I have absolutely NO one I can rely on to get any good references!  this seems to be the modern day job hunting problem that everyone is having problems with. I have a few friends that cannot find jobs because they cannot get or have any sound references. See we don’t live in a big city where references or jobs may come easily we live in a small or rural town where getting jobs or even volunteer work is very hard to come by these days because for every applicant for a job there are aproximatly 5000 waiting and 3000 applicants looking to get the same jobs as we are.

        • @Da Troll 48 I can understand that. I don’t live in a big town either. @theworkbuzz had a great idea about the social media outlets and people online. It has been my experience, and I have over 15 years out here working for various employers in manufacturing. Employers can understand a person’s tough times and situations, you’d be surprised at how many people are in the same boat. Willing to give someone a chance. I wish you the best of luck out there, and you may also find me on Twitter @troop1028 as we develop online relationships, I’d be happy to give you a thumbs up. I’m on LinkedIN too.

        • @Da Troll 48  @troop1028
          I feel the same way, I wish there was a Leverage firm like the group on TV, that go around dealing with these employers that tend to intimidate, abuse andharrass their employees because they have are the power.  I almost wished I had went out drinking, smoking and parting withthe clique groups at work, maybe I would still have a job. I pray that no one ever hurt’s harms or take their livlyhood away from them like they did me.

    • @Da Troll 48 Great question! You’re right, this is a tough situation. @troop1028 has some great suggestions for where to start looking, and you can also go through any social media sites you belong to; you may find people who can go to bat for you. If you still can’t find any references, look for a place to start volunteering or get involved at and start building new references. You may also try networking as an aide in your job search — sometimes meeting potential employers in person is a strong enough recommendation on its own. Also check out an earlier article by CareerBuilder, “Q&A: References 101″: Hope this helps!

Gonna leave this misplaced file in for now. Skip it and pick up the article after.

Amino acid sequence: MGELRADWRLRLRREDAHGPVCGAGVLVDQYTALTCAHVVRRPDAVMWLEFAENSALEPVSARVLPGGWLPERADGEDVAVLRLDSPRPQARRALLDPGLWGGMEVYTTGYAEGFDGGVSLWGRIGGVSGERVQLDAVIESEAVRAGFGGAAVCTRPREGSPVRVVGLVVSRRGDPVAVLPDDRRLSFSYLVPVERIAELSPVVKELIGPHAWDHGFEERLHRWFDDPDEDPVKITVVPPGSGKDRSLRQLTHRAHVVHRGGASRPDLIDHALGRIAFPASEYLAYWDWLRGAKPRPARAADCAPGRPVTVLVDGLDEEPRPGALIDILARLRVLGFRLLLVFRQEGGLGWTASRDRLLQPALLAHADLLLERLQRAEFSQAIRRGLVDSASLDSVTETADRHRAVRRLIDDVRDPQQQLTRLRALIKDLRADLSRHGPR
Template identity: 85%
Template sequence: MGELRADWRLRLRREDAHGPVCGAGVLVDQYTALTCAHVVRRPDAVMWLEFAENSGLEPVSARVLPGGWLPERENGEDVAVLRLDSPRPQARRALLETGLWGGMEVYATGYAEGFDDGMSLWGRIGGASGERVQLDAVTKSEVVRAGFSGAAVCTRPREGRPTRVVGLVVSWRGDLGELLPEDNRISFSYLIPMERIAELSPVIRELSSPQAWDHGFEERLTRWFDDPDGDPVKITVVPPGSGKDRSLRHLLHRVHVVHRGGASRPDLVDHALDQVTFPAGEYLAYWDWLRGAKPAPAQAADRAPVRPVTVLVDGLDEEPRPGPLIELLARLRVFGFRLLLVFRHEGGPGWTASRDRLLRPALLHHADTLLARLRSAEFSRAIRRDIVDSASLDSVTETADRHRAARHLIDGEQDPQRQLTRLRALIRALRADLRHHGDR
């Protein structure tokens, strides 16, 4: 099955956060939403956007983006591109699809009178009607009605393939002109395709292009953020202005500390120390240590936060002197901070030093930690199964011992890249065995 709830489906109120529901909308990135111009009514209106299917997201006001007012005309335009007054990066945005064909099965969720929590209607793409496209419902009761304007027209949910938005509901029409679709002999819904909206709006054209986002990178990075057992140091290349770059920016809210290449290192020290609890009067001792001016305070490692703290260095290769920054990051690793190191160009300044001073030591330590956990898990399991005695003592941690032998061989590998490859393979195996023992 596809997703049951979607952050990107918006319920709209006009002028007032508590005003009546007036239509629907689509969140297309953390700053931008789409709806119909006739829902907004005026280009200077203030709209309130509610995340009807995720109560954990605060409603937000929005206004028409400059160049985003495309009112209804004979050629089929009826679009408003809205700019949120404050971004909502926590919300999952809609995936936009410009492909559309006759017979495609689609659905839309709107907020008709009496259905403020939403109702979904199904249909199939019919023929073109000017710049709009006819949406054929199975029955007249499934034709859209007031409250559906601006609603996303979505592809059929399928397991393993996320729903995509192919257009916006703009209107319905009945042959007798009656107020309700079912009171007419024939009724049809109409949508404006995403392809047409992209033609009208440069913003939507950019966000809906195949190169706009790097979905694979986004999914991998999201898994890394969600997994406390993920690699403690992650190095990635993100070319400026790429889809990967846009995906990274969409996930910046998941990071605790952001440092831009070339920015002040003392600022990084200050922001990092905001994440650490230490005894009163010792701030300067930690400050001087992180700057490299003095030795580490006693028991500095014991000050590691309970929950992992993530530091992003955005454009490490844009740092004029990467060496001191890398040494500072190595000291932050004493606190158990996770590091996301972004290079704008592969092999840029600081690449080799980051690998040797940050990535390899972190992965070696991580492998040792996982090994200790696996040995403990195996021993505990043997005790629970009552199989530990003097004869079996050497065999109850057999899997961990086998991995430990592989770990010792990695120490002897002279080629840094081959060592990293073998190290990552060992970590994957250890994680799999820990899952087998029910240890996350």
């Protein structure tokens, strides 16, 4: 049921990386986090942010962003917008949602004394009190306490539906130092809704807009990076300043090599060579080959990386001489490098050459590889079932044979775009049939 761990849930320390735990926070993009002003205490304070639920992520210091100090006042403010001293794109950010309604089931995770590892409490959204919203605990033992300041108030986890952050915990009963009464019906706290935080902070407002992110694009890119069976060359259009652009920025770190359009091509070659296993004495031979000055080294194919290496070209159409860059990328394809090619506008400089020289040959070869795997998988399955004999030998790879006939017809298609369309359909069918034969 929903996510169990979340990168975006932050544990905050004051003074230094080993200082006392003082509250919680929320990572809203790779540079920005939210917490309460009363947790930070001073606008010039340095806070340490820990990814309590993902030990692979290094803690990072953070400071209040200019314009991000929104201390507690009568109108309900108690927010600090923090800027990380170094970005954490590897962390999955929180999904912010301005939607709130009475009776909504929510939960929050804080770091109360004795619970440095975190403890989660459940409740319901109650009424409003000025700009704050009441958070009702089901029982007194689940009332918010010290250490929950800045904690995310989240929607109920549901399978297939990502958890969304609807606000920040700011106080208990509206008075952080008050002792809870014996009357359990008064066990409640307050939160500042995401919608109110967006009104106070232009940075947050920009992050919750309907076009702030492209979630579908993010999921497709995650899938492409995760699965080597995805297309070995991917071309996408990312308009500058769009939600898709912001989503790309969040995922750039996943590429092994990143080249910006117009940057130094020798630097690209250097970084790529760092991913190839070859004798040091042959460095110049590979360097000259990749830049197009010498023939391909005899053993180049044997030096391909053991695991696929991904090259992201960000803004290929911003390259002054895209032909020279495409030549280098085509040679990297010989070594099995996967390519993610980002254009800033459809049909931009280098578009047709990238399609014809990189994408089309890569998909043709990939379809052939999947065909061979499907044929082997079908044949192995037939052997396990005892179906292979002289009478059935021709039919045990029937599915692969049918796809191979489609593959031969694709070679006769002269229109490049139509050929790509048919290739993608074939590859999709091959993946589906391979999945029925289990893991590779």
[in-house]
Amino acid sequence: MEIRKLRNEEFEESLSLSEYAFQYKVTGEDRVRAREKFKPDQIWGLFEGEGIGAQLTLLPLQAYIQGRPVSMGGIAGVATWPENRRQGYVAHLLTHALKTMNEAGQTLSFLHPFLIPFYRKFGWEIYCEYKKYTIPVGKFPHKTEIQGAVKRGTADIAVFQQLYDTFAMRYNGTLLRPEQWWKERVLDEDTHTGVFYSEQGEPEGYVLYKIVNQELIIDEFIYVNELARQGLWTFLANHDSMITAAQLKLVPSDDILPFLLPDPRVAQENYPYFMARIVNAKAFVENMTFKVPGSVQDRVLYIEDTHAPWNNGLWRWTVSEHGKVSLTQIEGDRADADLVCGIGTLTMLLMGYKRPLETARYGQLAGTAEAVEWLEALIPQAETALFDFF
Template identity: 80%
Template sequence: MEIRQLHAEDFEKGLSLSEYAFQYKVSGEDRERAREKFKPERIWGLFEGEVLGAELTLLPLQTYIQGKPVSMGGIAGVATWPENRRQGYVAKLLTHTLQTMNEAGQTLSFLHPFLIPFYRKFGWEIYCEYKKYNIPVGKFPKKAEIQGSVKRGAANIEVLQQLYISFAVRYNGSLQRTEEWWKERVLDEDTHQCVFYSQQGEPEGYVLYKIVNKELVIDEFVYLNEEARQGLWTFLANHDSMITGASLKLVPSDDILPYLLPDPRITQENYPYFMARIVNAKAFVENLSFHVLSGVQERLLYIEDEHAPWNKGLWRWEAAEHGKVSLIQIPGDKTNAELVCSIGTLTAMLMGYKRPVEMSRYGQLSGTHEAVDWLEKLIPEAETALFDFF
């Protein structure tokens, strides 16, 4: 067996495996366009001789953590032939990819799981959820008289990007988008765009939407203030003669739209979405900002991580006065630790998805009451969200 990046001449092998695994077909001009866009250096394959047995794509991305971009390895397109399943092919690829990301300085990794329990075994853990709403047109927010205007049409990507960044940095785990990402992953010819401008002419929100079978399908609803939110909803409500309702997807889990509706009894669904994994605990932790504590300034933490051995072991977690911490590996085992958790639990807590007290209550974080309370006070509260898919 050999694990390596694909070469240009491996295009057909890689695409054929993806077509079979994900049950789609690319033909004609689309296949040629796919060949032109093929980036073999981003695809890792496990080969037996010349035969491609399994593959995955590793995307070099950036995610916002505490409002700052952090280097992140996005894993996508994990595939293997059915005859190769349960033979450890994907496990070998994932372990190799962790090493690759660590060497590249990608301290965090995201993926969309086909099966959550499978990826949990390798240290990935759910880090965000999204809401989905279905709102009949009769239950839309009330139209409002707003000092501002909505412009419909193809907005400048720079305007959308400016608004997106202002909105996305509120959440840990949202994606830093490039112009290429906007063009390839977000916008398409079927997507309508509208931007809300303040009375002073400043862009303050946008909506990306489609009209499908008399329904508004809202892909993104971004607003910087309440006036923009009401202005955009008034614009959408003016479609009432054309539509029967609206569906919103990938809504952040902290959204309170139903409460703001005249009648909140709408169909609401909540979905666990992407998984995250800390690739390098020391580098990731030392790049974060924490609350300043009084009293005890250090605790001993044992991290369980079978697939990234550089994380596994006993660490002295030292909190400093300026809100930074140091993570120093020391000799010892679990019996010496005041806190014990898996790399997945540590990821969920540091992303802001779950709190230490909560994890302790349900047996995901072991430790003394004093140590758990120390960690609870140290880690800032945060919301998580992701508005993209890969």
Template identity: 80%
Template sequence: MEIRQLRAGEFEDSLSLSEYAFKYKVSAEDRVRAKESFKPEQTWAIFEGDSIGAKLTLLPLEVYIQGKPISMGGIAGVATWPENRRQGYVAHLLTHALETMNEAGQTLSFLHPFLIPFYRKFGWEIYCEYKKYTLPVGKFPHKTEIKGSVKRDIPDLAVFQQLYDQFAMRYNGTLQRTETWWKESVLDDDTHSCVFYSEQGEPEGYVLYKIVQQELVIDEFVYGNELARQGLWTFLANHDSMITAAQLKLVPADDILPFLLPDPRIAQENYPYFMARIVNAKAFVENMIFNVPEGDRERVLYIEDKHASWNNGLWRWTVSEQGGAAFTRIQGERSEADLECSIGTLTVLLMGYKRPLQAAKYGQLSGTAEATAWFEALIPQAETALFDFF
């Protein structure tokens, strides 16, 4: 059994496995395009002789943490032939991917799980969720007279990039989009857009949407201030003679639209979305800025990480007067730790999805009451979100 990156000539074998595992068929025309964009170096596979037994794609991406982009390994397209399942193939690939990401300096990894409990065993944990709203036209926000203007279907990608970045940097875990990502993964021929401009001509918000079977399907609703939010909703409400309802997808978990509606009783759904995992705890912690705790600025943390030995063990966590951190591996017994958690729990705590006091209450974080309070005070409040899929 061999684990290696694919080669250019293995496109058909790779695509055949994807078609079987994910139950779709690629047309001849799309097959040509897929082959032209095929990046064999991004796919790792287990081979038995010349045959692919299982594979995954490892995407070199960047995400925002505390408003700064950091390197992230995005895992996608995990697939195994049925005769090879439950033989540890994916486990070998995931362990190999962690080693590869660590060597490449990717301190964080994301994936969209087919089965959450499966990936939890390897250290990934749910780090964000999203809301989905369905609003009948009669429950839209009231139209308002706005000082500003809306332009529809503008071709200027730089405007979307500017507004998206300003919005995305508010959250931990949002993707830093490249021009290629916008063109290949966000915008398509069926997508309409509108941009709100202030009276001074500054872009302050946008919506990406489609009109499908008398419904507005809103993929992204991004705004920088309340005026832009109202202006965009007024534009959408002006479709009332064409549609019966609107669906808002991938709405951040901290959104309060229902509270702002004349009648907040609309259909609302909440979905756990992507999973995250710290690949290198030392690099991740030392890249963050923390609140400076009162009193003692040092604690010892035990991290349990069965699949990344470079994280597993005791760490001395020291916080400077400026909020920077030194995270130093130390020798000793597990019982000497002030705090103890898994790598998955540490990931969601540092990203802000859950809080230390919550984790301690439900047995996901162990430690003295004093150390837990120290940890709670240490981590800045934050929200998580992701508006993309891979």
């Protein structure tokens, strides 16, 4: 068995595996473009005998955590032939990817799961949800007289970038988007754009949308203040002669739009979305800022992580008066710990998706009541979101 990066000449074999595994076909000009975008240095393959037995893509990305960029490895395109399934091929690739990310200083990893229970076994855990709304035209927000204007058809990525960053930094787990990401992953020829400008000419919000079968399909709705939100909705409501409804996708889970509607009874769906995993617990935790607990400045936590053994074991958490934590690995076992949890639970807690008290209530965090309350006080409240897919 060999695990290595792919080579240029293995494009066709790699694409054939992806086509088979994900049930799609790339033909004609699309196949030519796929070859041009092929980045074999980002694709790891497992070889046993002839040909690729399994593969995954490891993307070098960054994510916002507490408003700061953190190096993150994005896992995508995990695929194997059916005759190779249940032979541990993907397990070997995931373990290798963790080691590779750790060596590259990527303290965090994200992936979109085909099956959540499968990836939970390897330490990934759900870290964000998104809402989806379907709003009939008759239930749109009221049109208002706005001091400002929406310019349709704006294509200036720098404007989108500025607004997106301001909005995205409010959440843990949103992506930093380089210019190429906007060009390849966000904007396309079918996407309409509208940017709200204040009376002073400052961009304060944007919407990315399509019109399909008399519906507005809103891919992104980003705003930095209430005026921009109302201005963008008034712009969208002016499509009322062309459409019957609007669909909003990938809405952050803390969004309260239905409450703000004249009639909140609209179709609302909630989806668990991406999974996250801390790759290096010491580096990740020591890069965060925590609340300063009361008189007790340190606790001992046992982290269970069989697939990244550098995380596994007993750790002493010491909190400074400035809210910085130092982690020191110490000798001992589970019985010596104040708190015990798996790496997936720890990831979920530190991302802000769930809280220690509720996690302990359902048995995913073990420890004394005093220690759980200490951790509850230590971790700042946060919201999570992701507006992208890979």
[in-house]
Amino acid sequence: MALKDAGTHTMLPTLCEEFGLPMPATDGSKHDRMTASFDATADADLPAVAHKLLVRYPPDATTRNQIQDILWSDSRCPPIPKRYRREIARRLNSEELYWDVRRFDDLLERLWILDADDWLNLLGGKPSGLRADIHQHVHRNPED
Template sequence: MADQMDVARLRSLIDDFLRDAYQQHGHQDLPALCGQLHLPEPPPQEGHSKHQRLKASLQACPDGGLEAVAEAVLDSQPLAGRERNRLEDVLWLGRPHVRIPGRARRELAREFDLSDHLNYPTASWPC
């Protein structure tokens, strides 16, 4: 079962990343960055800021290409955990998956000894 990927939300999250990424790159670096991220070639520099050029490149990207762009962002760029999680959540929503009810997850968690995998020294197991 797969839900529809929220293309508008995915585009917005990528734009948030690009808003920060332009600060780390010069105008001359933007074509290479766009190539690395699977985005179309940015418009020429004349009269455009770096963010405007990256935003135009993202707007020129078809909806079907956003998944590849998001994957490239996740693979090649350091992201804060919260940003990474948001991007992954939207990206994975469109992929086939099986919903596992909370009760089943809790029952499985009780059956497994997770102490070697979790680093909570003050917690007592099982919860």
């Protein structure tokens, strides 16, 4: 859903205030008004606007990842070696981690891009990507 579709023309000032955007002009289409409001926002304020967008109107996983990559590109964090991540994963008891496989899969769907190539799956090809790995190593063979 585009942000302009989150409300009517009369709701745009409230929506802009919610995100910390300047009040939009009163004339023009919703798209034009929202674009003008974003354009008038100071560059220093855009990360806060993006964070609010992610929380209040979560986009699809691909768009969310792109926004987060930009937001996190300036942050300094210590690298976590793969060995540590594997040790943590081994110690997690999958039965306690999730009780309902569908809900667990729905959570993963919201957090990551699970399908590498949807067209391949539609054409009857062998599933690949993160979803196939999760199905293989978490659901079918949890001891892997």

• @theworkbuzz  @troop1028
         I made a copy of the article for my own use! but it still doesn’t answer any of my questions. As for networking it of no use for me and has NO relivence for me because most of these employers where I live does NOT use networking because it’s against company policies and in recent year have been found to be an invasion of praspective applicants rights which has caused many lawsuites and even state governments banning companies from using networking for fear of invasive spying on the praspective applicant’s rights of online privacy. So in the end this brings me back to square one of my question ( what do we do when there is NO one toe give good solid references anymore especially current and former employers)? Perhaps this should be the next article writtin!!

        • @Da Troll 48  @theworkbuzz What I would do is be honest with the perspective employer, add a note telling them waht you explained to us on here. If they area not understanding, chances are you should move on to something else. So I take it you have lived where you are for a long time, then you should know the mail carrier by name then and the local librarian? or something someone? Like was mentioned, volunteer somewhere, get out of the house and get to know people.

        • @Da Troll 48  @theworkbuzz While online and using social media networks,now days, it is best to use your real name, at least outside of this forum anyhow, but my handle troop1028 is also associated with my real name on twitter and I recently changed it to Davek0101. Not to be rude but your handle is Da Troll 48? I hope you don’t use that “everywhere” some places thats fine, but not LinkedIN or Monster…and similar. I wish I could say more to help, but you seem to be in quite a situation there. Like I said, just be honest with an employer, the right employer will understand, they going to do a background check anyhow.

        • @troop1028  @theworkbuzz
           Don’t have a library nor do I know the mail carrier I live in a rural area Ya know where the only entertainment is watchin the corn & beans grow and an occational deer passing thru.

        • @troop1028  @theworkbuzz
          I use other online handles or other names on emails. NEVER EVER use your real name on the internet for any reason other than business reasons and you had better know who your doing business with on the internet these days!!. Far too easily to track by the bad guys these days.

  2. Personally in my case with the last 3 employers, they didn’t bother to check references, These employers explained to me that what idiot would even put down someone who would even potentially say something bad. If something bad is to come out worth mentioning, it will come out in the background investigation. Not all employers are the same, that should be understood.

  3. @bullhornreach @CareerBuilder Let this be a lesson, folks. If you see a reference named ‘Aloysius Rumpelstiltskin,’ it *may* just be fake.